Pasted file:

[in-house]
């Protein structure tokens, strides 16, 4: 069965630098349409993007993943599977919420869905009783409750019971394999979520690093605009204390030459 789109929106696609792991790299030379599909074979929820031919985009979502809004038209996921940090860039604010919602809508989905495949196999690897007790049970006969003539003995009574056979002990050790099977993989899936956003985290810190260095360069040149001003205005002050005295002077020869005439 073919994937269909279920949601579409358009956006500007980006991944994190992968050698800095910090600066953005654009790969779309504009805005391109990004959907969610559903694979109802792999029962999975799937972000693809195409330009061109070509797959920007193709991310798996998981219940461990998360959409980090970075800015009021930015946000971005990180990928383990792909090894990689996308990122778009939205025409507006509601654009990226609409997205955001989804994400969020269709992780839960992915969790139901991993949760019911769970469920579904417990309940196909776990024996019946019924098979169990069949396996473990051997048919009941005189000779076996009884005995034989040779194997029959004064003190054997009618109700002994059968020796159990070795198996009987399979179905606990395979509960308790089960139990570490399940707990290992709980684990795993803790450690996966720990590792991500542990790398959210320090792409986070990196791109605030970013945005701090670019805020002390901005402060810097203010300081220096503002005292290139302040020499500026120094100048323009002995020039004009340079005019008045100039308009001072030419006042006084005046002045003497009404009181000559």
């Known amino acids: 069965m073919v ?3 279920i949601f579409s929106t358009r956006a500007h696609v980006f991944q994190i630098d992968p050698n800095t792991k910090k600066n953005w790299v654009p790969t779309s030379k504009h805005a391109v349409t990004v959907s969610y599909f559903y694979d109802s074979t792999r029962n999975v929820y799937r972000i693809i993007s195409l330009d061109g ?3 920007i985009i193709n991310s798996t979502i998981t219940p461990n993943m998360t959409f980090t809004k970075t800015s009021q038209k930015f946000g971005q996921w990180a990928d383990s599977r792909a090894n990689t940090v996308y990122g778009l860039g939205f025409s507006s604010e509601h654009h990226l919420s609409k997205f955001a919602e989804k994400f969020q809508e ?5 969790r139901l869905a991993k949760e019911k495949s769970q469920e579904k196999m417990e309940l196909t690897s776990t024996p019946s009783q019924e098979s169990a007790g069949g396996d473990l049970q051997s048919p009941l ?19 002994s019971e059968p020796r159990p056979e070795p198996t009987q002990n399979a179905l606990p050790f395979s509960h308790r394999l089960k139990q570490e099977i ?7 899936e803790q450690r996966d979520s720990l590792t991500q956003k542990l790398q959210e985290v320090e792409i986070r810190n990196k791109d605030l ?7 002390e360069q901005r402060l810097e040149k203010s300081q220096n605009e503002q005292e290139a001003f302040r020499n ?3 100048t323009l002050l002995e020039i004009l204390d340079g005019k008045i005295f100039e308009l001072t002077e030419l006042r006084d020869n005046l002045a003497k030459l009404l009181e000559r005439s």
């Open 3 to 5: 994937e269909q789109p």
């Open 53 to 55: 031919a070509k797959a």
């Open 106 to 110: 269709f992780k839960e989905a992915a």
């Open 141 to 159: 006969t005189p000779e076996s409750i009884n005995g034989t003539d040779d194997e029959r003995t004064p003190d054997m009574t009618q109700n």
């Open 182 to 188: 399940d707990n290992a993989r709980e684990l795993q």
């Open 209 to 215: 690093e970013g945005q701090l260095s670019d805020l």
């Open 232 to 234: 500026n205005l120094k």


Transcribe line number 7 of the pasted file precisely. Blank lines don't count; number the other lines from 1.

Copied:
């Open 141 to 159: 006969t005189p000779e076996s409750i009884n005995g034989t003539d040779d194997e029959r003995t004064p003190d054997m009574t009618q109700n």